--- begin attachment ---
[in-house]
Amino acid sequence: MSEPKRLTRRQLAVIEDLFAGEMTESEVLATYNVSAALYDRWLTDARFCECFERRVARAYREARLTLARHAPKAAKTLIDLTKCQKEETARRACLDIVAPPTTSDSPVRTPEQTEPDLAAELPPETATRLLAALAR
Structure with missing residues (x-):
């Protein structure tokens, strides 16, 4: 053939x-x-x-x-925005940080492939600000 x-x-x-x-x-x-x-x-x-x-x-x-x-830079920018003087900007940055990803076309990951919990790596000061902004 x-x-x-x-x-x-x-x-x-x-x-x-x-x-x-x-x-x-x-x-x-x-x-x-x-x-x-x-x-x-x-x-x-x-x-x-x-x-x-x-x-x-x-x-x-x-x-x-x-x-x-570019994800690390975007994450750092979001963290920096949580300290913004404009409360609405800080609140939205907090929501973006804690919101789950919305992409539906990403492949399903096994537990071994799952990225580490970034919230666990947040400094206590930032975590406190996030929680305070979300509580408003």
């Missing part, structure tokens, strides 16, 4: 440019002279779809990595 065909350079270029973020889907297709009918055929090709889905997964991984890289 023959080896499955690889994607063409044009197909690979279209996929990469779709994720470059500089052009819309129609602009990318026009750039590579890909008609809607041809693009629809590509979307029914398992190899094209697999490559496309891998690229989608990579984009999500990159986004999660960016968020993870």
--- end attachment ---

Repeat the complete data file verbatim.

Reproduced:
[in-house]
Amino acid sequence: MSEPKRLTRRQLAVIEDLFAGEMTESEVLATYNVSAALYDRWLTDARFCECFERRVARAYREARLTLARHAPKAAKTLIDLTKCQKEETARRACLDIVAPPTTSDSPVRTPEQTEPDLAAELPPETATRLLAALAR
Structure with missing residues (x-):
């Protein structure tokens, strides 16, 4: 053939x-x-x-x-925005940080492939600000 x-x-x-x-x-x-x-x-x-x-x-x-x-830079920018003087900007940055990803076309990951919990790596000061902004 x-x-x-x-x-x-x-x-x-x-x-x-x-x-x-x-x-x-x-x-x-x-x-x-x-x-x-x-x-x-x-x-x-x-x-x-x-x-x-x-x-x-x-x-x-x-x-x-x-x-x-570019994800690390975007994450750092979001963290920096949580300290913004404009409360609405800080609140939205907090929501973006804690919101789950919305992409539906990403492949399903096994537990071994799952990225580490970034919230666990947040400094206590930032975590406190996030929680305070979300509580408003």
């Missing part, structure tokens, strides 16, 4: 440019002279779809990595 065909350079270029973020889907297709009918055929090709889905997964991984890289 023959080896499955690889994607063409044009197909690979279209996929990469779709994720470059500089052009819309129609602009990318026009750039590579890909008609809607041809693009629809590509979307029914398992190899094209697999490559496309891998690229989608990579984009999500990159986004999660960016968020993870």